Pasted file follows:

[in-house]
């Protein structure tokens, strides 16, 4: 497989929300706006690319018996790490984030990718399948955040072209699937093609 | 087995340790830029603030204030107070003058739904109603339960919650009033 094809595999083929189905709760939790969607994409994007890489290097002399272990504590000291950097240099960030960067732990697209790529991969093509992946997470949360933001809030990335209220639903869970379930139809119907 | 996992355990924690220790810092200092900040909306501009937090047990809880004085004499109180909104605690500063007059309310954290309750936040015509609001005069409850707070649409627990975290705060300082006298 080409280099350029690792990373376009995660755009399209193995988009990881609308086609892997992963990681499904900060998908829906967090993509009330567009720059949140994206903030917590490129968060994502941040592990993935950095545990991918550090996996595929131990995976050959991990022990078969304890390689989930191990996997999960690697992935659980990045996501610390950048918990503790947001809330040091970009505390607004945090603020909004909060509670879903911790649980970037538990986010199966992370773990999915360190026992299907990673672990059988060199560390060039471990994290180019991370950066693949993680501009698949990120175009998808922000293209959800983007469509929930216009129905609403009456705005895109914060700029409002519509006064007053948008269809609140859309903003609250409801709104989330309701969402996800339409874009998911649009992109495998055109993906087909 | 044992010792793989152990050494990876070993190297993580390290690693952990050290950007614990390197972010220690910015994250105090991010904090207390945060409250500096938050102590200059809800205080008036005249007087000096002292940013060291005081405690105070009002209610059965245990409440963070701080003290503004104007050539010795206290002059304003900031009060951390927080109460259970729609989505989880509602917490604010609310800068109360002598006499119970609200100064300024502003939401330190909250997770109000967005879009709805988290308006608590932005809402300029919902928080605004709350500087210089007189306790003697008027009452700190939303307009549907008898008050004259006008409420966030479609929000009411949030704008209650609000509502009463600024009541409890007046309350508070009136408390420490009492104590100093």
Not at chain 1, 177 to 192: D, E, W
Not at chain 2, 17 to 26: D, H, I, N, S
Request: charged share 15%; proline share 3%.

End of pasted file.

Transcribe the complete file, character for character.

[in-house]
């Protein structure tokens, strides 16, 4: 497989929300706006690319018996790490984030990718399948955040072209699937093609 | 087995340790830029603030204030107070003058739904109603339960919650009033 094809595999083929189905709760939790969607994409994007890489290097002399272990504590000291950097240099960030960067732990697209790529991969093509992946997470949360933001809030990335209220639903869970379930139809119907 | 996992355990924690220790810092200092900040909306501009937090047990809880004085004499109180909104605690500063007059309310954290309750936040015509609001005069409850707070649409627990975290705060300082006298 080409280099350029690792990373376009995660755009399209193995988009990881609308086609892997992963990681499904900060998908829906967090993509009330567009720059949140994206903030917590490129968060994502941040592990993935950095545990991918550090996996595929131990995976050959991990022990078969304890390689989930191990996997999960690697992935659980990045996501610390950048918990503790947001809330040091970009505390607004945090603020909004909060509670879903911790649980970037538990986010199966992370773990999915360190026992299907990673672990059988060199560390060039471990994290180019991370950066693949993680501009698949990120175009998808922000293209959800983007469509929930216009129905609403009456705005895109914060700029409002519509006064007053948008269809609140859309903003609250409801709104989330309701969402996800339409874009998911649009992109495998055109993906087909 | 044992010792793989152990050494990876070993190297993580390290690693952990050290950007614990390197972010220690910015994250105090991010904090207390945060409250500096938050102590200059809800205080008036005249007087000096002292940013060291005081405690105070009002209610059965245990409440963070701080003290503004104007050539010795206290002059304003900031009060951390927080109460259970729609989505989880509602917490604010609310800068109360002598006499119970609200100064300024502003939401330190909250997770109000967005879009709805988290308006608590932005809402300029919902928080605004709350500087210089007189306790003697008027009452700190939303307009549907008898008050004259006008409420966030479609929000009411949030704008209650609000509502009463600024009541409890007046309350508070009136408390420490009492104590100093």
Not at chain 1, 177 to 192: D, E, W
Not at chain 2, 17 to 26: D, H, I, N, S
Request: charged share 15%; proline share 3%.